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THE JOURNAL OF CARDIOVASCULAR SURGERY
Rivista di Chirurgia Cardiaca, Vascolare e Toracica
Indexed/Abstracted in: BIOSIS Previews, Current Contents/Clinical Medicine, EMBASE, PubMed/MEDLINE, Science Citation Index Expanded (SciSearch), Scopus
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ORIGINAL ARTICLES CARDIAC PAPERS
The Journal of Cardiovascular Surgery 2000 October;41(5):703-8
Coronary reoperations: indications, techniques and operative results. Retrospective study of 240 coronary reoperations
Grinda J. M., Zegdi R., Couetil J. P., Chauvaud S., Deloche A., Fabiani J. N., Carpentier A.
From the Cardiac Surgery Department Broussais Hospital, Paris University, Paris VI
Background. We review twelve-year experience with coronary reoperations so as to better identify indications, techniques and results.
Methods. Between January 1986 and March 1998, 240 coronary reoperations (228 redux, 12 tridux) were performed. There were 223 male and 17 female patients, with a mean age of 63.6±7.9 years at the time of reoperation. Mean time interval between operations was 10±4.8 years. Symptomatology consisted of: stable recurrent angina (40%), unstable (57%), or congestive heart failure (3%). Pathological feature of the primary grafts was implicated in 95% of cases and atheroma sole progression over native network in 5% of cases. During reoperations 521 (2.2±0.8/patient) bypass [venous (40%), arterial (60%)] were performed as well as 15 associated procedures.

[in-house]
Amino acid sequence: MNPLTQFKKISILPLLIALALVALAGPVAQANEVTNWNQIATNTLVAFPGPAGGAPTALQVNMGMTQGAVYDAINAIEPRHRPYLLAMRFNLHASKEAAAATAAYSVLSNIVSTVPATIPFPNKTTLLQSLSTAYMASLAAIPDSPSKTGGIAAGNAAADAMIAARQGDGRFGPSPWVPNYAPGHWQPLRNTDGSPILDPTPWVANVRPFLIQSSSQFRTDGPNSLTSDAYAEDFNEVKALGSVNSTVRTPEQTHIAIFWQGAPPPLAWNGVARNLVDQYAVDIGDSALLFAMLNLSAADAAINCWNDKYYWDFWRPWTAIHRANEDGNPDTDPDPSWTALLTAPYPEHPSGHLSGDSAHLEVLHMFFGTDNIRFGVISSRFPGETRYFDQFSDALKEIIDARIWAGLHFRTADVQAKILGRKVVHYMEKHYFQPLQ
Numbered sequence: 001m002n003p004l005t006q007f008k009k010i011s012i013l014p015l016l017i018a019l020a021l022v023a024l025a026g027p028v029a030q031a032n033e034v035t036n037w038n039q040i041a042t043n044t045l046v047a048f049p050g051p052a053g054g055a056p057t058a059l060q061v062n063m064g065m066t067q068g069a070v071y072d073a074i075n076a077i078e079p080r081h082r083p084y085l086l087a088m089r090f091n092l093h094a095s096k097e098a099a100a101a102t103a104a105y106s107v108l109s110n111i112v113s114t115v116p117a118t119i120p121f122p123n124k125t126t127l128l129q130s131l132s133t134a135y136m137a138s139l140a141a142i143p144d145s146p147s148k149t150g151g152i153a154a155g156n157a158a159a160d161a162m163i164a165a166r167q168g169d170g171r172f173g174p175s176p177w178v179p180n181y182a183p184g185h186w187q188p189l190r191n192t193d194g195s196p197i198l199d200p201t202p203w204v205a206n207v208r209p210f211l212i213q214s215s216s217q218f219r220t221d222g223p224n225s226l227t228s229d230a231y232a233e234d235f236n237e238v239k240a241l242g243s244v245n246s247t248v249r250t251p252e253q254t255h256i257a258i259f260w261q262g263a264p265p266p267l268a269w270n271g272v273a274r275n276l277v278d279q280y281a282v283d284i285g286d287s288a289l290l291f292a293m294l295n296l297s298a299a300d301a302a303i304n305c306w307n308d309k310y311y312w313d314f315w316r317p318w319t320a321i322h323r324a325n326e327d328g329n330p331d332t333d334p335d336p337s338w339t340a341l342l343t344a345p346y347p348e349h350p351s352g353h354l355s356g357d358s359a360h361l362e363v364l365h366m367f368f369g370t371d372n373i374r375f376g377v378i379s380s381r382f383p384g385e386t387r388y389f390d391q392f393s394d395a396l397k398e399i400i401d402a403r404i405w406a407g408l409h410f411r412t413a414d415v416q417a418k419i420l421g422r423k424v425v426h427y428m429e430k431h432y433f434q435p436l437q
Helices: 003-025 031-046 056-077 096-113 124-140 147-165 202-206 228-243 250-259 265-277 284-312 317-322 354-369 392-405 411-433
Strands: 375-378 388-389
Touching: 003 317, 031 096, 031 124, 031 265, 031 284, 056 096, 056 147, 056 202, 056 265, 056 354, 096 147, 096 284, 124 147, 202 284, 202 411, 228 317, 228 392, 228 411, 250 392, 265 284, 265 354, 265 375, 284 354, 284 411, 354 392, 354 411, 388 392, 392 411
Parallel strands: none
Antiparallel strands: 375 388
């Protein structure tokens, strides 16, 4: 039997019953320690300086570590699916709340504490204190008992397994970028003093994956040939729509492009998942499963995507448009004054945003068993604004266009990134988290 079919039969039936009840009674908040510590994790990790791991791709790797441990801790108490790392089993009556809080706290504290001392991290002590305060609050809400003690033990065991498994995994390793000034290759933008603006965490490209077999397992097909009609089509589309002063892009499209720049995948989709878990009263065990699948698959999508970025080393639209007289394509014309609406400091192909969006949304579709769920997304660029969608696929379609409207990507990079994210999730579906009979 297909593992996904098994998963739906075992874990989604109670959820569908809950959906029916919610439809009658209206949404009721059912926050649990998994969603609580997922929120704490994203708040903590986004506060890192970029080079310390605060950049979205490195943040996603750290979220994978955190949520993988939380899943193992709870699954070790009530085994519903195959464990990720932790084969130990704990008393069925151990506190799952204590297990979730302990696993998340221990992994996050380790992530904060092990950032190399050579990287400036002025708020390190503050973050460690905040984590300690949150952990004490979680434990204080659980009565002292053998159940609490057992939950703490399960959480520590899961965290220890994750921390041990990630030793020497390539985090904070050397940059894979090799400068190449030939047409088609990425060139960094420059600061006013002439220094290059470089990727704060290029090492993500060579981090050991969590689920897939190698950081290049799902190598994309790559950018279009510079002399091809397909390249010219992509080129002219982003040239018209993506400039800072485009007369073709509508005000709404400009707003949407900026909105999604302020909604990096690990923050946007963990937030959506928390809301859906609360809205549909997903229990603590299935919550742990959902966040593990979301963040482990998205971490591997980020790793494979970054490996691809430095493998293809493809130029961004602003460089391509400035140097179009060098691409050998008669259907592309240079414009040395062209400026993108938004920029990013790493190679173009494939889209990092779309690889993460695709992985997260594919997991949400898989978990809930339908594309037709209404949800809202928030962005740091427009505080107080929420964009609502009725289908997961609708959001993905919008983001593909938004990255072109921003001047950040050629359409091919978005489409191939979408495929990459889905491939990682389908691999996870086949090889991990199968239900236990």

Results. Operative mortality represented 10% (n=24). Causes of death included infarct (7), left ventricular failure (12), rhythm disorders (2), mediastinitis (1) and multi-organ failure (2). Mortality risk factors were operation date (16.6% before 1992 and 7.4% after, p=0.03), age (13.1% after 60 years old, 2.7% before, p=0.01) time interval between intervention (12% after 8 years, 4% before, p=0.05) and anterograde cardioplegia only (11.8% versus 4.5% when a combined anterograde and retrograde access was used, p=0.06). Morbidity was 31% (71/240). Among the survivors 169 patients (78%) did not experience any complication.
Conclusions. Thanks to a better medico-surgical management, the mortality rate of coronary reoperations is steadily decreasing.